Israel Rejects EU States’ Appeal Over Razing Terrorist Homes

YERUSHALAYIM (Reuters) -

Israel has rejected an appeal by the five biggest members of the European Union not to raze the homes of Palestinians who carried out lethal attacks in Yerushalayim, saying that the tactic was designed to deter further violence.

The Foreign Ministry heard arguments from the German, French, British, Italian and Spanish ambassadors that the demolitions, carried out against one eastern Yerushalayim dwelling this week and planned against four more, were liable to inflame tensions and were therefore counterproductive, Haaretz said

Confirming Thursday’s meeting with the envoys, Foreign Ministry spokesman Emmanuel Nahshon said they were told that the measure was consistent with Israeli law and would be pursued.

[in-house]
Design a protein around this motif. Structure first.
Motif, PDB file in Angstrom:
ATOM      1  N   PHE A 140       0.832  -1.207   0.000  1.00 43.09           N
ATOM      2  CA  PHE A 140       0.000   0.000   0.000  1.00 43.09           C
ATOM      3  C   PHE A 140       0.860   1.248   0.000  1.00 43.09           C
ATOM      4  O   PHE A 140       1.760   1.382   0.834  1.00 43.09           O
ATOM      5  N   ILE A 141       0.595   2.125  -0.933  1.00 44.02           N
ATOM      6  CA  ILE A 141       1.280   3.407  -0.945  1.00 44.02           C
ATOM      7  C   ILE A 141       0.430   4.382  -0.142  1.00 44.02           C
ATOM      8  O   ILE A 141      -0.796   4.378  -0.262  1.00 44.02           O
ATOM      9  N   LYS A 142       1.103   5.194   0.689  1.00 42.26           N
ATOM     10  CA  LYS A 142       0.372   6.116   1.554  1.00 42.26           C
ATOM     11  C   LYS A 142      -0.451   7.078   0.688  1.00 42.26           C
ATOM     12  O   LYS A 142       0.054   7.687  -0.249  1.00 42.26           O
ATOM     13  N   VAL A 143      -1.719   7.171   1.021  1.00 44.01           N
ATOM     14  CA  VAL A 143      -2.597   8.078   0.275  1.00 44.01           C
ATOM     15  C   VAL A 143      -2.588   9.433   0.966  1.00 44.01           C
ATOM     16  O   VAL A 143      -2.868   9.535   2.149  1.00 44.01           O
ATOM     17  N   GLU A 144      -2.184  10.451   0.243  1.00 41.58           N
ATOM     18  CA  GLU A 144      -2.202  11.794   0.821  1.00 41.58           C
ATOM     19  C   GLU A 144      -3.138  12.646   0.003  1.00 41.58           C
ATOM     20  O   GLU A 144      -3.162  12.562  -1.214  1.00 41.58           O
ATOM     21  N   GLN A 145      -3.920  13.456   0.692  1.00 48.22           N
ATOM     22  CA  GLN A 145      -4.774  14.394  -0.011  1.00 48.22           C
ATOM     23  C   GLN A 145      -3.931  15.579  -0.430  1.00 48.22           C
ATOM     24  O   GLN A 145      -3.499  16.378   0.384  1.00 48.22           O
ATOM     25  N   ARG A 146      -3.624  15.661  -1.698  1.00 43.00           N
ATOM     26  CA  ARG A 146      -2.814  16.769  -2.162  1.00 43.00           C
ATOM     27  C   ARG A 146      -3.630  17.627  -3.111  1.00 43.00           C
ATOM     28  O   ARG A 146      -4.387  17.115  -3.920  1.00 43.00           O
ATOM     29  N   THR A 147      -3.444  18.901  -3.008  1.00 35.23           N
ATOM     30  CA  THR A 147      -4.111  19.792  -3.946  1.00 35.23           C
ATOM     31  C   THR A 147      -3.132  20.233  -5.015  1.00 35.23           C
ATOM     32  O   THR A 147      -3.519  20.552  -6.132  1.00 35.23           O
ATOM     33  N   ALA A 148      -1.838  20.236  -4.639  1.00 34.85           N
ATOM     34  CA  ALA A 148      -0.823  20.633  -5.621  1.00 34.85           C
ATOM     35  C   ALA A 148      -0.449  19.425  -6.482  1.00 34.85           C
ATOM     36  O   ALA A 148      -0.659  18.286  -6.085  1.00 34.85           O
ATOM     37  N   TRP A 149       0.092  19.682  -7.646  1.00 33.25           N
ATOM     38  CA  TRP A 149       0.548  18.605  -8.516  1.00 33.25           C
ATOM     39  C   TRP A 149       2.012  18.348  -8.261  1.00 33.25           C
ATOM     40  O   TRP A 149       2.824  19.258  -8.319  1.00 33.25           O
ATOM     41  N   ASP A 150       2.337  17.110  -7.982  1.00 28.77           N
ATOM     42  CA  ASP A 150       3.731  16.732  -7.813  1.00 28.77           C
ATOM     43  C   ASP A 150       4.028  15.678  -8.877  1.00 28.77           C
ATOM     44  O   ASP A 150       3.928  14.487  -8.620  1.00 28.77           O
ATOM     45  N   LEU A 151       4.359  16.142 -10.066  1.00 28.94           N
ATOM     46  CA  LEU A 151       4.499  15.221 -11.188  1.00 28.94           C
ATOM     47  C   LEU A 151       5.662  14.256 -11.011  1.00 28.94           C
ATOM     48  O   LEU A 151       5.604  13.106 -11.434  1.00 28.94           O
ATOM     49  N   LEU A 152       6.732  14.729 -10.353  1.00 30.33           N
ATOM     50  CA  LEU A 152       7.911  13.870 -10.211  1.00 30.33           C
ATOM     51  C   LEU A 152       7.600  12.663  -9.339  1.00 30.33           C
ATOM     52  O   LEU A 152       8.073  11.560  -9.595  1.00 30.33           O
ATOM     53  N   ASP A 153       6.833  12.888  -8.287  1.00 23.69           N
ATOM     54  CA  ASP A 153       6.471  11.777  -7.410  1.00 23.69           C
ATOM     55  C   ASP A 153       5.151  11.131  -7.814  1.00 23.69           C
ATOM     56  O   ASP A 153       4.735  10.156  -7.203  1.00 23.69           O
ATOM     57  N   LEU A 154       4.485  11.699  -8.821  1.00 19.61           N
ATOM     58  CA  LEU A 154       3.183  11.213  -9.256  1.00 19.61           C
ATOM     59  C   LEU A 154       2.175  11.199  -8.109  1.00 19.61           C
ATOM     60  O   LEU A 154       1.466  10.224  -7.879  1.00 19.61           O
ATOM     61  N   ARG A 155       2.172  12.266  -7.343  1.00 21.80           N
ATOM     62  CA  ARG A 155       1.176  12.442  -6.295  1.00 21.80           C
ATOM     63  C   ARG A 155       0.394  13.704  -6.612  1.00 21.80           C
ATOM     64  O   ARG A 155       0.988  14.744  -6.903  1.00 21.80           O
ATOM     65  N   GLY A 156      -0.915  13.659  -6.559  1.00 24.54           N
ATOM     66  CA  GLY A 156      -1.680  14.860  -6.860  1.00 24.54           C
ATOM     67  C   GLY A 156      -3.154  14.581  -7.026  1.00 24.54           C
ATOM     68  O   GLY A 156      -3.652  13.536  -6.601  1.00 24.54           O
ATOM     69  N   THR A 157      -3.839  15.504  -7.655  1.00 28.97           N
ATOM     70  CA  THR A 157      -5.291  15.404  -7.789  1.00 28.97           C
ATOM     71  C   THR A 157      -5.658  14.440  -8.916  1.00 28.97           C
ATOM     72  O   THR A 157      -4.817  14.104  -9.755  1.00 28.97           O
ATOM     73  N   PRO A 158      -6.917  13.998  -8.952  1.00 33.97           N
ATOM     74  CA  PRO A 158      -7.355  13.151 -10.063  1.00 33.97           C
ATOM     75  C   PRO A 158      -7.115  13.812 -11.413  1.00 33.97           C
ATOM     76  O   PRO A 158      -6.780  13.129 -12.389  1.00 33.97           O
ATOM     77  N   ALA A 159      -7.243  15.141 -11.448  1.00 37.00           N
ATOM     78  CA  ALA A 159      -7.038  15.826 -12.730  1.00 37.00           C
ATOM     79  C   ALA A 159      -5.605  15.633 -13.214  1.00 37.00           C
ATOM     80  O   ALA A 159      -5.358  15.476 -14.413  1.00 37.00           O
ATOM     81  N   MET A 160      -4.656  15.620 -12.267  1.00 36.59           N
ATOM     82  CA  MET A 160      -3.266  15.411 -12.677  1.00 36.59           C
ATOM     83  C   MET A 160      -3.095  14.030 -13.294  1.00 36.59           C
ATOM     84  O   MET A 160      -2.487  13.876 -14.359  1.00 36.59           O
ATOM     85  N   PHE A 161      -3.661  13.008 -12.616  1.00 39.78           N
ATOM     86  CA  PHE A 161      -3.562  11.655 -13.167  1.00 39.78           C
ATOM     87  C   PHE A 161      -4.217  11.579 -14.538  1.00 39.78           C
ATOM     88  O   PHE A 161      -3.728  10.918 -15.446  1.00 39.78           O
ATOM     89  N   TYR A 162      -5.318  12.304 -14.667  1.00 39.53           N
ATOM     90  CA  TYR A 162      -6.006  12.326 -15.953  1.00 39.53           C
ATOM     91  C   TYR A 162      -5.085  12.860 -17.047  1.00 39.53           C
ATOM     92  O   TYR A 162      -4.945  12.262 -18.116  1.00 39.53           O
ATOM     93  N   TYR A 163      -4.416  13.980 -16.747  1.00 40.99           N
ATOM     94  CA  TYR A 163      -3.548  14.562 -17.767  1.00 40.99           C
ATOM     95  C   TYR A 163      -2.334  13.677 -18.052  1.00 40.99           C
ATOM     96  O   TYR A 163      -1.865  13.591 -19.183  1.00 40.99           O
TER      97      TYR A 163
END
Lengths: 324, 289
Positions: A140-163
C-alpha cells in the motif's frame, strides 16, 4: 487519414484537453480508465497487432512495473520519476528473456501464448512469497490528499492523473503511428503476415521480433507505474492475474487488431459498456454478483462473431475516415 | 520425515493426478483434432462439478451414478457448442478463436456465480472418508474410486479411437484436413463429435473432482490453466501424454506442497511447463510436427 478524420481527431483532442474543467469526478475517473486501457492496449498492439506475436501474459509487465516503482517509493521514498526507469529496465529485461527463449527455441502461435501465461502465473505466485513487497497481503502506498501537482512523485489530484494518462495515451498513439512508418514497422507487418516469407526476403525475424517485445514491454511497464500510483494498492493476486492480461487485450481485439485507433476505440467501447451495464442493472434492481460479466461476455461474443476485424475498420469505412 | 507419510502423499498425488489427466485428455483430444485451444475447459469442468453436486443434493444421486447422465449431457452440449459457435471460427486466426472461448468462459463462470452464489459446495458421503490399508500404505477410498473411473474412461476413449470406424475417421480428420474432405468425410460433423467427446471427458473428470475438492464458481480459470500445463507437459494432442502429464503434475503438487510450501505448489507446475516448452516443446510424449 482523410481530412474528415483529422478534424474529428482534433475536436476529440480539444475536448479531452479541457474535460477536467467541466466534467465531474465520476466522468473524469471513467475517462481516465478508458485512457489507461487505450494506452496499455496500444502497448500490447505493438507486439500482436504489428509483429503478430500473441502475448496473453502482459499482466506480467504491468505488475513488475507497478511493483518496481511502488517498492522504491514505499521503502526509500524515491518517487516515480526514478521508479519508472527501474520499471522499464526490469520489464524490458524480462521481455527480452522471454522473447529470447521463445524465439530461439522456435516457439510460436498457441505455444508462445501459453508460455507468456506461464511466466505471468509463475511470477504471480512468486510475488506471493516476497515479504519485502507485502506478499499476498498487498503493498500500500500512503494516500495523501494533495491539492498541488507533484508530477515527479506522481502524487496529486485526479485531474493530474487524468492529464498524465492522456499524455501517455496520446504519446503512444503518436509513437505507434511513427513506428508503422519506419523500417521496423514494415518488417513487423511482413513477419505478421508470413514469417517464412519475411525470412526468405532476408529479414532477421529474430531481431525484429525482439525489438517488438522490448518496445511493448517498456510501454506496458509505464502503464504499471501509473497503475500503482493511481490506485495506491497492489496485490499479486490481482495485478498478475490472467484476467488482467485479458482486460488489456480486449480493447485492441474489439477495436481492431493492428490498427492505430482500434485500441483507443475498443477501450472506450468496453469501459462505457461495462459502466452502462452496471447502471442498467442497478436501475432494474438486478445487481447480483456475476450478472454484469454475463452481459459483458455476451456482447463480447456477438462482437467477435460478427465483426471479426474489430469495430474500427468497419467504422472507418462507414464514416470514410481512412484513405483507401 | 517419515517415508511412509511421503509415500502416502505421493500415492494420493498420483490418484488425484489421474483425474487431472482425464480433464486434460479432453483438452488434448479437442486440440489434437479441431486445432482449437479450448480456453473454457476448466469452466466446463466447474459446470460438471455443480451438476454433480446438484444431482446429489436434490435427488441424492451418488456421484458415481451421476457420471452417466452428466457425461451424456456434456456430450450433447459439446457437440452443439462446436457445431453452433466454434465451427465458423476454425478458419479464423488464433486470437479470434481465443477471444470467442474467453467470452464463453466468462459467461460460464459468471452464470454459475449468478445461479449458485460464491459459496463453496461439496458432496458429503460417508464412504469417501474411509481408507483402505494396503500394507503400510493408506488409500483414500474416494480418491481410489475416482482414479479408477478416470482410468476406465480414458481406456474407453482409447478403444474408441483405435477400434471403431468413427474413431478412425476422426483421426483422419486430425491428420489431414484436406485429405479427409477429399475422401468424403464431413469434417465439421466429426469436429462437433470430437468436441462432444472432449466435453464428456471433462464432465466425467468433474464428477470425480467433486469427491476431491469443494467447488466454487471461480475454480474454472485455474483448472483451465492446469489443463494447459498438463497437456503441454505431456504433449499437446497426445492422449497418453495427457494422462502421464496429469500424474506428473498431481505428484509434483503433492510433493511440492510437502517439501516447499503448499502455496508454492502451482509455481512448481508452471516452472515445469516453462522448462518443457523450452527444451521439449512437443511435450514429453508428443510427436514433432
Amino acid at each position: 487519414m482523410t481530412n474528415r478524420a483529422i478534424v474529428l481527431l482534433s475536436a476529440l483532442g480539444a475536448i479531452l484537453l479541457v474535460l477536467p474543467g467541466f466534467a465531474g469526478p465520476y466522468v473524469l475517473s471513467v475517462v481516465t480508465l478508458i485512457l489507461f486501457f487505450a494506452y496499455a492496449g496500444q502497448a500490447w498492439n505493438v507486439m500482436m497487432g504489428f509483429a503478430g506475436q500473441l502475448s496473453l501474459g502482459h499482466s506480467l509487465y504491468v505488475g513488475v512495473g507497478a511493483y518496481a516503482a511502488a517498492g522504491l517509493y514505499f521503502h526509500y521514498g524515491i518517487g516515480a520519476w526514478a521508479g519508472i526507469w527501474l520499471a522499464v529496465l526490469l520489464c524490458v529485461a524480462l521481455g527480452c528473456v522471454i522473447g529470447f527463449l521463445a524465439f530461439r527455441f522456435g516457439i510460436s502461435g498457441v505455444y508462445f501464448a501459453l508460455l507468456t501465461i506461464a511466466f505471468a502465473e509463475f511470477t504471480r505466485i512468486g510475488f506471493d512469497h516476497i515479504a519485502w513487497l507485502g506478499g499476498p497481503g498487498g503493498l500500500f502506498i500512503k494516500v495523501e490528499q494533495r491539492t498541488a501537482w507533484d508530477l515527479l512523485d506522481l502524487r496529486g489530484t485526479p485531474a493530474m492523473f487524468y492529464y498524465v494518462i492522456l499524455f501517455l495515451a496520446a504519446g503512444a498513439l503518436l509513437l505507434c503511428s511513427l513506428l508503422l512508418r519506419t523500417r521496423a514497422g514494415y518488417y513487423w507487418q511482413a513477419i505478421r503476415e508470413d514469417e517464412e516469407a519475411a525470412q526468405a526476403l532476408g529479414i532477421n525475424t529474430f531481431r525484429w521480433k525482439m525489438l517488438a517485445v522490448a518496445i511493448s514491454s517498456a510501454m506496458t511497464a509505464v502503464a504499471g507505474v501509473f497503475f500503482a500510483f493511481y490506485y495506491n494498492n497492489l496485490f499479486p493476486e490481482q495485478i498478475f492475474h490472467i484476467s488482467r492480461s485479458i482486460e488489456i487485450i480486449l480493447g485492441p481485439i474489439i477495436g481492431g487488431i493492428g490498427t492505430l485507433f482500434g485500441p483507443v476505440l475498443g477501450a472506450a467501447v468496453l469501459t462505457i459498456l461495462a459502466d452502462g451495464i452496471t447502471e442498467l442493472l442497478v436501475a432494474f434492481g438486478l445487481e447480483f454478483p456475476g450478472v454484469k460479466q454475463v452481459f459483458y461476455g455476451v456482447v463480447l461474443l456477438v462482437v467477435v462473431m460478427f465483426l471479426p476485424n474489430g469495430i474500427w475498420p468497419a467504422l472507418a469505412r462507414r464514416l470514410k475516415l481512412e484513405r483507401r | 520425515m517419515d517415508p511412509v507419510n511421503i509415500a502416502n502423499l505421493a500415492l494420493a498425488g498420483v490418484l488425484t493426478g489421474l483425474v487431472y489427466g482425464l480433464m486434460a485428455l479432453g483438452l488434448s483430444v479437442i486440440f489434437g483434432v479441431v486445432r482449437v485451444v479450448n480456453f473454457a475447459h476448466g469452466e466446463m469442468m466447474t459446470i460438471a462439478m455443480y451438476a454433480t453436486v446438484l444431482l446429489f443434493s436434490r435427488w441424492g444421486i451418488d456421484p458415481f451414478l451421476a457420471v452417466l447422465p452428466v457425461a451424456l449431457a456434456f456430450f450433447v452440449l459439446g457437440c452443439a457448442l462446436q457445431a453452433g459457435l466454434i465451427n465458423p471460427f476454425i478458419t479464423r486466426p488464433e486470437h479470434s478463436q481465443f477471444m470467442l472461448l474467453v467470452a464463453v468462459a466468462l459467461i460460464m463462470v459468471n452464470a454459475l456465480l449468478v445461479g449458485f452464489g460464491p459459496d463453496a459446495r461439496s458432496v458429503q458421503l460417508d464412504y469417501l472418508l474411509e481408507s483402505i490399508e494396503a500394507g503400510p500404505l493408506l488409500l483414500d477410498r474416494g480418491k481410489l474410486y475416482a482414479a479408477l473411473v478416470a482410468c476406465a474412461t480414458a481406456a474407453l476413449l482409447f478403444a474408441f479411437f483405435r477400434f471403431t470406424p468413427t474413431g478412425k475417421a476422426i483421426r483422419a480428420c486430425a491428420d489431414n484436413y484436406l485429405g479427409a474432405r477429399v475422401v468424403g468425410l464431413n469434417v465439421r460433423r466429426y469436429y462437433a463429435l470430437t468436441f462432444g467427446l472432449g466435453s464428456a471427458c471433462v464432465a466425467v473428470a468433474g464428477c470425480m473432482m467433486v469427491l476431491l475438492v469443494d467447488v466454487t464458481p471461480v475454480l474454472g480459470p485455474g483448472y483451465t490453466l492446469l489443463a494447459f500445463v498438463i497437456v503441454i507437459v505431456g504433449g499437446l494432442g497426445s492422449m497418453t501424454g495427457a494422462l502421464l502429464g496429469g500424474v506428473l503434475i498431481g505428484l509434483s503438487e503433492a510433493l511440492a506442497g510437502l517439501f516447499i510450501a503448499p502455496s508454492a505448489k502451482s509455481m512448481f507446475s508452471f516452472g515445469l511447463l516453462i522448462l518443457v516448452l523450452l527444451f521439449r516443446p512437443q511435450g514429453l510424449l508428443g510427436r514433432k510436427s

“This is not meant to be punitive, but rather to dissuade others from carrying out terrorist attacks,” Nahshon said.

Israel used home demolitions extensively during the armed Palestinian revolt of 2000-2005 but suspended the practice, citing concern that it entrenched hostility.

Its revival in Yerushalayim has also drawn criticism from the United States.

“We believe that punitive home demolitions are counterproductive in an already tense situation. This is a practice I would remind that the Israeli government itself discontinued in the past, recognizing its effects,” State Department spokesman Jeff Rathke said on Wednesday.